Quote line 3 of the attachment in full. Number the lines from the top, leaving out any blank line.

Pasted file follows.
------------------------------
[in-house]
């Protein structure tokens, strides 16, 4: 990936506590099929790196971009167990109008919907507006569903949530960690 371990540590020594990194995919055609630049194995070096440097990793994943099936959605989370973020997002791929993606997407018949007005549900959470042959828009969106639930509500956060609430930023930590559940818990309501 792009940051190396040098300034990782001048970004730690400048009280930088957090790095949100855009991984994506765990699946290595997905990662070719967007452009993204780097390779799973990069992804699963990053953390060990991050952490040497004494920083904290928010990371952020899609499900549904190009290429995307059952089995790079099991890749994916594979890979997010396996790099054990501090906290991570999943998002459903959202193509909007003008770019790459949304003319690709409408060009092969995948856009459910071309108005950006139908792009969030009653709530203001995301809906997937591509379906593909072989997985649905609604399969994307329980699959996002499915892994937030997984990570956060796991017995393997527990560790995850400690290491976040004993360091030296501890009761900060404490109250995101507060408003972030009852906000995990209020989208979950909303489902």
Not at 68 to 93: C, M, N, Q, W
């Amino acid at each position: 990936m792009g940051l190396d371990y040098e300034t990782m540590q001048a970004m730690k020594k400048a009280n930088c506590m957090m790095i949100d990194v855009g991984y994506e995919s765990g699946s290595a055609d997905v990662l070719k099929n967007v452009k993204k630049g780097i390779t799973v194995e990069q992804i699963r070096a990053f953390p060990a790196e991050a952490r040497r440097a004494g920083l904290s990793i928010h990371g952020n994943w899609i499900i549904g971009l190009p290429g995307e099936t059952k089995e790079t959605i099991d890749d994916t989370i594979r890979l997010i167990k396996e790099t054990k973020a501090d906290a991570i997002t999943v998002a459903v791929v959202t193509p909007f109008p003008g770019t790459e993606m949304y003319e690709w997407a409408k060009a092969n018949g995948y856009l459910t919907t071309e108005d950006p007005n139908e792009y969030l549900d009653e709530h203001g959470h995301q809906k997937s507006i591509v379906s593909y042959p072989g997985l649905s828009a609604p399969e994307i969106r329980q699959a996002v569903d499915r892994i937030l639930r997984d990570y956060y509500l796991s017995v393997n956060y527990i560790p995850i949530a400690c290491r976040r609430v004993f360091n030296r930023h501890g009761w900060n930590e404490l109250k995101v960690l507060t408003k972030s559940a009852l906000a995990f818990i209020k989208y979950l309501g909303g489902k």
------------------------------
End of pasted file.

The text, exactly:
Not at 68 to 93: C, M, N, Q, W